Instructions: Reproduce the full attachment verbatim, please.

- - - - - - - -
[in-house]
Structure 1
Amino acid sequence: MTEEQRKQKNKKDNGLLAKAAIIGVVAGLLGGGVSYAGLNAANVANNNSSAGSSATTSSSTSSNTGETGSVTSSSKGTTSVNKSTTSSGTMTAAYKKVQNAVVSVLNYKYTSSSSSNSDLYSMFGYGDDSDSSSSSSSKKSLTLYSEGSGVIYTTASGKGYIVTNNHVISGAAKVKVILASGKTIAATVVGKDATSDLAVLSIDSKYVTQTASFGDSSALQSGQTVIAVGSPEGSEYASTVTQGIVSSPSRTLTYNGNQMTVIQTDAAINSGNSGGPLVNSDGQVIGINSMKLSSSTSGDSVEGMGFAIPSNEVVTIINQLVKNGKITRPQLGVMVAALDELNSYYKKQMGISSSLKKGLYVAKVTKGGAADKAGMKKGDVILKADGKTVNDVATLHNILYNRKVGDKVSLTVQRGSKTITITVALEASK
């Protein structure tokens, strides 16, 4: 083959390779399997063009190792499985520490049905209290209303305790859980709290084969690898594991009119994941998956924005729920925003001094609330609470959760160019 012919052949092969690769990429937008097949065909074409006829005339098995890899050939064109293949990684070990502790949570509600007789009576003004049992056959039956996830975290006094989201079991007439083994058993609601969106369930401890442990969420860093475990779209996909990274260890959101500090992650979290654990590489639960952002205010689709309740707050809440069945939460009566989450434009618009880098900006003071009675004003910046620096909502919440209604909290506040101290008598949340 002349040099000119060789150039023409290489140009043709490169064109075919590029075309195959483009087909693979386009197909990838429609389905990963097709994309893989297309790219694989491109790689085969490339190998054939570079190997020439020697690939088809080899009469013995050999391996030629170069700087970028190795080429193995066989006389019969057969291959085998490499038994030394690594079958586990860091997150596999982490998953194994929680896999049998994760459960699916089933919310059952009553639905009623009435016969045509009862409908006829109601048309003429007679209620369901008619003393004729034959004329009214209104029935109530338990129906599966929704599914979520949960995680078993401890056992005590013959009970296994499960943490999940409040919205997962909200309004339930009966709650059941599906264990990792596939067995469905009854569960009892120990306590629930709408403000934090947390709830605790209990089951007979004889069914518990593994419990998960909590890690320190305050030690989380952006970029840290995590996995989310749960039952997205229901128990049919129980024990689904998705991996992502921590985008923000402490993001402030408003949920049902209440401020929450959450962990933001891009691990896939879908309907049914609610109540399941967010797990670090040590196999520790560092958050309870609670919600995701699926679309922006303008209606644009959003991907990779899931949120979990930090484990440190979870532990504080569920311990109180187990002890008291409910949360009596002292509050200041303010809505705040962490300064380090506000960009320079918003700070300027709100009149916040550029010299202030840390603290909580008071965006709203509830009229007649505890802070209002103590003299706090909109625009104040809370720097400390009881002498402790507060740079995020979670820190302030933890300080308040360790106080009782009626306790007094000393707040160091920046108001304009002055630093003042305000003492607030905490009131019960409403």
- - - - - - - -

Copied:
[in-house]
Structure 1
Amino acid sequence: MTEEQRKQKNKKDNGLLAKAAIIGVVAGLLGGGVSYAGLNAANVANNNSSAGSSATTSSSTSSNTGETGSVTSSSKGTTSVNKSTTSSGTMTAAYKKVQNAVVSVLNYKYTSSSSSNSDLYSMFGYGDDSDSSSSSSSKKSLTLYSEGSGVIYTTASGKGYIVTNNHVISGAAKVKVILASGKTIAATVVGKDATSDLAVLSIDSKYVTQTASFGDSSALQSGQTVIAVGSPEGSEYASTVTQGIVSSPSRTLTYNGNQMTVIQTDAAINSGNSGGPLVNSDGQVIGINSMKLSSSTSGDSVEGMGFAIPSNEVVTIINQLVKNGKITRPQLGVMVAALDELNSYYKKQMGISSSLKKGLYVAKVTKGGAADKAGMKKGDVILKADGKTVNDVATLHNILYNRKVGDKVSLTVQRGSKTITITVALEASK
């Protein structure tokens, strides 16, 4: 083959390779399997063009190792499985520490049905209290209303305790859980709290084969690898594991009119994941998956924005729920925003001094609330609470959760160019 012919052949092969690769990429937008097949065909074409006829005339098995890899050939064109293949990684070990502790949570509600007789009576003004049992056959039956996830975290006094989201079991007439083994058993609601969106369930401890442990969420860093475990779209996909990274260890959101500090992650979290654990590489639960952002205010689709309740707050809440069945939460009566989450434009618009880098900006003071009675004003910046620096909502919440209604909290506040101290008598949340 002349040099000119060789150039023409290489140009043709490169064109075919590029075309195959483009087909693979386009197909990838429609389905990963097709994309893989297309790219694989491109790689085969490339190998054939570079190997020439020697690939088809080899009469013995050999391996030629170069700087970028190795080429193995066989006389019969057969291959085998490499038994030394690594079958586990860091997150596999982490998953194994929680896999049998994760459960699916089933919310059952009553639905009623009435016969045509009862409908006829109601048309003429007679209620369901008619003393004729034959004329009214209104029935109530338990129906599966929704599914979520949960995680078993401890056992005590013959009970296994499960943490999940409040919205997962909200309004339930009966709650059941599906264990990792596939067995469905009854569960009892120990306590629930709408403000934090947390709830605790209990089951007979004889069914518990593994419990998960909590890690320190305050030690989380952006970029840290995590996995989310749960039952997205229901128990049919129980024990689904998705991996992502921590985008923000402490993001402030408003949920049902209440401020929450959450962990933001891009691990896939879908309907049914609610109540399941967010797990670090040590196999520790560092958050309870609670919600995701699926679309922006303008209606644009959003991907990779899931949120979990930090484990440190979870532990504080569920311990109180187990002890008291409910949360009596002292509050200041303010809505705040962490300064380090506000960009320079918003700070300027709100009149916040550029010299202030840390603290909580008071965006709203509830009229007649505890802070209002103590003299706090909109625009104040809370720097400390009881002498402790507060740079995020979670820190302030933890300080308040360790106080009782009626306790007094000393707040160091920046108001304009002055630093003042305000003492607030905490009131019960409403």